US to resume ties with Indonesia's special forces
The United States announced on Thursday it will resume cooperation with Indonesia's special forces after ties were severed more than a decade ago over alleged human rights abuses by the commando unit.world Updated: Jul 22, 2010 16:27 IST
The United States announced on Thursday it will resume cooperation with Indonesia's special forces after ties were severed more than a decade ago over alleged human rights abuses by the commando unit.
US Defense Secretary Robert Gates made the announcement after meeting with Indonesia's President Susilo Bambang Yudhoyono on Thursday in the capital Jakarta. Indonesia had said it wanted the United States to reconsider resuming joint training. The decision will be seen as a victory for the Indonesian military, which has said it made great strides in improving its human rights record.
Indonesia's special forces were accused of major abuses through the 1990s in the provinces of Papua and Aceh and the former Indonesian province of East Timor, which has since become independent.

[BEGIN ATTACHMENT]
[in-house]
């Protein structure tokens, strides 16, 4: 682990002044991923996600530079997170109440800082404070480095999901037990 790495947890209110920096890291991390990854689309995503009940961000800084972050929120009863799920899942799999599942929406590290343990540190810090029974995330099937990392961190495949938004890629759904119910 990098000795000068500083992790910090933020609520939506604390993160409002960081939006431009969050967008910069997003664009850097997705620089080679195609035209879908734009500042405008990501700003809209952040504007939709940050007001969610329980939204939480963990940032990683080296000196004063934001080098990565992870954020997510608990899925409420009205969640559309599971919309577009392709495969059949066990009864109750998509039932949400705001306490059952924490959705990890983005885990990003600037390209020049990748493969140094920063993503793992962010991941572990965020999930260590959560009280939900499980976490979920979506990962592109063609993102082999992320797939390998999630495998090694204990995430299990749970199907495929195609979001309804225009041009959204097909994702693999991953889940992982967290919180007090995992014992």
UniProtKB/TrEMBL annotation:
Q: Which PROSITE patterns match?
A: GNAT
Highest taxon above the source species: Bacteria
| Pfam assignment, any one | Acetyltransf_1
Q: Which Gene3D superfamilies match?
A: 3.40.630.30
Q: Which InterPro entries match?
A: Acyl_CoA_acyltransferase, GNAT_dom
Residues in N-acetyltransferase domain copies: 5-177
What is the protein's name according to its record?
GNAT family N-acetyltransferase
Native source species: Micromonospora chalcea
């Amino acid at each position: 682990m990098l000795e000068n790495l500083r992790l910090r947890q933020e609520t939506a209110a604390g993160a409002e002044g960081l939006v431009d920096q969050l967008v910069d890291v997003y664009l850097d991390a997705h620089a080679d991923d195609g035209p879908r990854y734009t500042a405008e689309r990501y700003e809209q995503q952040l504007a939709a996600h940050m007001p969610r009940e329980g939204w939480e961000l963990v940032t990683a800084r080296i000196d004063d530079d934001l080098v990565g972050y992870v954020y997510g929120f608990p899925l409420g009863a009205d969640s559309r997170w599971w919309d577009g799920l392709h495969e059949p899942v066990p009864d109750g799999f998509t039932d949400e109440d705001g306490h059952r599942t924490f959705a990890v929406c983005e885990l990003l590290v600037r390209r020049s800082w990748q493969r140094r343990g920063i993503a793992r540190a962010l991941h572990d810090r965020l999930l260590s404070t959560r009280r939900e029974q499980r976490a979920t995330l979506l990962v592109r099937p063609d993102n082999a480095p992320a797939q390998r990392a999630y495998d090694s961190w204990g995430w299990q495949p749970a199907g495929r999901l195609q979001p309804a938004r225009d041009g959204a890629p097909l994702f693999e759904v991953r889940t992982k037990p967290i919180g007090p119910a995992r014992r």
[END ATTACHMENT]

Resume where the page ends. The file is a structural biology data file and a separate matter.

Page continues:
The US cut ties with the special forces under a 1997 law which banned US training for foreign military units accused of human rights violations. The ban can be lifted if there have been substantial measures to bring culprits to justice.
"I was pleased to be able to tell the president that as a result of Indonesian military reform over the past decade ... and recent actions taken by the Ministry of Defense to address human rights issues, the United States will begin measured and gradual programs of security cooperation activities with the Indonesian Army Special Forces," Gates said at a press conference.
"This initial step will take place within the limit of US law and does not signal any lessening of the importance we place on human rights and accountability," he added.
Washington severed all ties with the Indonesian military in 1999 after troops rampaged through East Timor when it voted to secede from Indonesia. The US lifted that overall ban in 2005, but kept its restrictions against the special forces known as Kopassus under the 1997 law.
"Our ability to expand after this initial step will depend on continued implementation of reforms with Kopassus and TNI as a whole," Gates said.
"We consider this a very significant development in our military-to-military relationship and look forward to working even more closely ... in the years to come." Gates didn't elaborate on the specifics of the resumed cooperation, and took no questions from journalists. International rights groups have said members of Kopassus were linked to the disappearance of student activists in 1997 and 1998 and were never held accountable.